Meanwhile, I cannot find any mention of this in the Canadian press, but a long list of Muslim signatories from the United States and Canada have released a public statement on the increasing tensions between the rights of parents and aggressive pro-LGBT educators. Published on May 23, it reads in part: 

Public discourse on sexuality over the past few decades has presented challenges to faith communities. Today, Islamic sexual and gender ethics are at odds with certain recently popular societal views, causing tension for Muslims between their religious beliefs and societal expectations. At the same time, public disapproval of LGBTQ practices, beliefs, and advocacy is increasingly met with charges of intolerance and unwarranted accusations of bigotry. More troubling still, there is an increasing push to promote LGBTQ-centric values among children through legislation and regulations, disregarding parental consent and denying both parents and children the opportunity to express conscientious objection. Such policies subvert the agency of Muslim parents to teach their children their religiously grounded sexual ethics, violate their constitutional right to freely practice their religion, and contribute to an atmosphere of intolerance toward faith communities.

The reality is that in a multicultural country like Canada, there are many communities – most of them non-white – which oppose the LGBT agenda of the ruling elites, which is why we are seeing such staggering numbers of parents keeping their children out of school during LGBT events.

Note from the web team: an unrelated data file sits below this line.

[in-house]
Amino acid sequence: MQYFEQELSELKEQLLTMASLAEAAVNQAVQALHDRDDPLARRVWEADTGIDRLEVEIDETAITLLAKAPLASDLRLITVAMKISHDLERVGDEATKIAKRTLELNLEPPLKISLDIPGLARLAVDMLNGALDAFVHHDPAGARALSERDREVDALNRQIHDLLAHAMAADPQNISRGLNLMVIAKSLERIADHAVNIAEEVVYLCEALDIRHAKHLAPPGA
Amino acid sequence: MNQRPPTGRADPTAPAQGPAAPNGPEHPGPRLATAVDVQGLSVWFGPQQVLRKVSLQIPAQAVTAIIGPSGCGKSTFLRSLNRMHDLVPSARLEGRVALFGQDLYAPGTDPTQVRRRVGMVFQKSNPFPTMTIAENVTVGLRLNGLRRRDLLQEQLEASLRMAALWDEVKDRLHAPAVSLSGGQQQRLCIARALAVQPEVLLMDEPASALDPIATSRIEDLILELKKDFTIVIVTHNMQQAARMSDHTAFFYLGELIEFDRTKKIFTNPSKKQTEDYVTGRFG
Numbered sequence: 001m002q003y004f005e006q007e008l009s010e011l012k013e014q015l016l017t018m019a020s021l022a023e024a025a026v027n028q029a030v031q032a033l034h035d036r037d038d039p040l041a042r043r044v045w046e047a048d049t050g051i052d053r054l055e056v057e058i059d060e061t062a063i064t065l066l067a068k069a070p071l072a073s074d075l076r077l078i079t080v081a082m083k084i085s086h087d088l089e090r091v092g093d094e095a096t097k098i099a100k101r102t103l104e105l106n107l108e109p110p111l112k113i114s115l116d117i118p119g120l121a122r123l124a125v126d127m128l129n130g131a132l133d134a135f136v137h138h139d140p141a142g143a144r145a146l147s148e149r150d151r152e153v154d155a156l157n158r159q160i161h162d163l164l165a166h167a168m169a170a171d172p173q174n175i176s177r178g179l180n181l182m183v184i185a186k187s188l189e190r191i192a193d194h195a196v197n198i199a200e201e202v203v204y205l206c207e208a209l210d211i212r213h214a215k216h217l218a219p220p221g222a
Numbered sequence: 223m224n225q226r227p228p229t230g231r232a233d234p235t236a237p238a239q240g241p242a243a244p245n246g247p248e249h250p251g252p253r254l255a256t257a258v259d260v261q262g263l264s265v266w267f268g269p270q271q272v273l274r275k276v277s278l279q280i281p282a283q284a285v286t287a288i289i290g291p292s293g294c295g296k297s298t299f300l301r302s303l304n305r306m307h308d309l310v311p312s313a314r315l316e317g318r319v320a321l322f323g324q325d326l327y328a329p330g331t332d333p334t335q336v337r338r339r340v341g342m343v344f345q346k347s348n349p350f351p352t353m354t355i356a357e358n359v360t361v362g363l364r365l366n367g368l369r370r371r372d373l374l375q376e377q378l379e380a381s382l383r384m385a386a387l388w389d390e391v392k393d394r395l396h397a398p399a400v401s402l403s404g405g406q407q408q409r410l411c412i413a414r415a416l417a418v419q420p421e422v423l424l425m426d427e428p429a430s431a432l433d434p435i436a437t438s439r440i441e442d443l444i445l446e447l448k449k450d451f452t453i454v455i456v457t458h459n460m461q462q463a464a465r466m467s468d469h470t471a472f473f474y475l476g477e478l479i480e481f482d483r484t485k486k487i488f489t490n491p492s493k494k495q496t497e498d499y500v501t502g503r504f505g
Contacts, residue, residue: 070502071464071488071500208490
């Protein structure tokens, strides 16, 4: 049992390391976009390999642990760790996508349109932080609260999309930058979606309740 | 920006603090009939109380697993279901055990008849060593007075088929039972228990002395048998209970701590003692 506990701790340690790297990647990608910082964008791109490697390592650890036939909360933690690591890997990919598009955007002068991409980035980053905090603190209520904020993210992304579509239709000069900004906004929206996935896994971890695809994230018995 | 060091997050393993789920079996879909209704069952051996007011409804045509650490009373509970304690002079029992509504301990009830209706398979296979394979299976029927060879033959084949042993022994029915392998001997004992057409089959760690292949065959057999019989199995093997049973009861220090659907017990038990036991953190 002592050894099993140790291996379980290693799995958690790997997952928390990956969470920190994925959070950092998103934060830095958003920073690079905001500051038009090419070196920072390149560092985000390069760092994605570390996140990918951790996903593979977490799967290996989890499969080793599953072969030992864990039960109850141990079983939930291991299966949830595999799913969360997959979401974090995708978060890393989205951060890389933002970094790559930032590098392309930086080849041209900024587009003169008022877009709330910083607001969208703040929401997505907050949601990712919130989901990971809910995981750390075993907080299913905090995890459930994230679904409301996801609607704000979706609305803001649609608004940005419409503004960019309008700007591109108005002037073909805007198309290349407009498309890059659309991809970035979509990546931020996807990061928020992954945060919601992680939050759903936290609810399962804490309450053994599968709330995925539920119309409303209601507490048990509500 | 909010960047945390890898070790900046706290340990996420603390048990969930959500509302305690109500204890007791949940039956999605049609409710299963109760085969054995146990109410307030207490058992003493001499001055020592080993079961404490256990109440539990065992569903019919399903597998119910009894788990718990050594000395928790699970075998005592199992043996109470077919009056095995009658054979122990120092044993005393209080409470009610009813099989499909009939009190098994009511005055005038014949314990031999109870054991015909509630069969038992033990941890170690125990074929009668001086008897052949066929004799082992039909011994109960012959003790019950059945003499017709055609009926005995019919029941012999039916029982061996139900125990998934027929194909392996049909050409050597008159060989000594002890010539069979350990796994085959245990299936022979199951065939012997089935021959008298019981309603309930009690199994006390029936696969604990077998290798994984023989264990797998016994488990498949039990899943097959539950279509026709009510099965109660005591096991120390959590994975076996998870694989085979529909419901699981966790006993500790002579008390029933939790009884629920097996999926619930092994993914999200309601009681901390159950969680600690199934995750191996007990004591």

Diversity, to religious communities, means the right to pass on their values and traditions to their children without interference by the government – something that is increasingly difficult to do while participating in the public square.

Perhaps Canadian politicians and the press would like to grapple with the fact that when they are accusing those who do not share their views on LGBT ideology of being “hateful” and “bigoted,” they are referring – primarily – to non-white, non-Christian communities. You might even call it “Islamophobic.”

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Jonathon Van Maren is a public speaker, writer, and pro-life activist. His commentary has been translated into more than eight languages and published widely online as well as print newspapers such as the Jewish Independent, the National Post, the Hamilton Spectator and others. He has received an award for combating anti-Semitism in print from the Jewish organization B’nai Brith. His commentary has been featured on CTV Primetime, Global News, EWTN, and the CBC as well as dozens of radio stations and news outlets in Canada and the United States.

He speaks on a wide variety of cultural topics across North America at universities, high schools, churches, and other functions. Some of these topics include abortion, pornography, the Sexual Revolution, and euthanasia. Jonathon holds a Bachelor of Arts Degree in history from Simon Fraser University, and is the communications director for the Canadian Centre for Bio-Ethical Reform.

Jonathon’s first book, The Culture War, was released in 2016.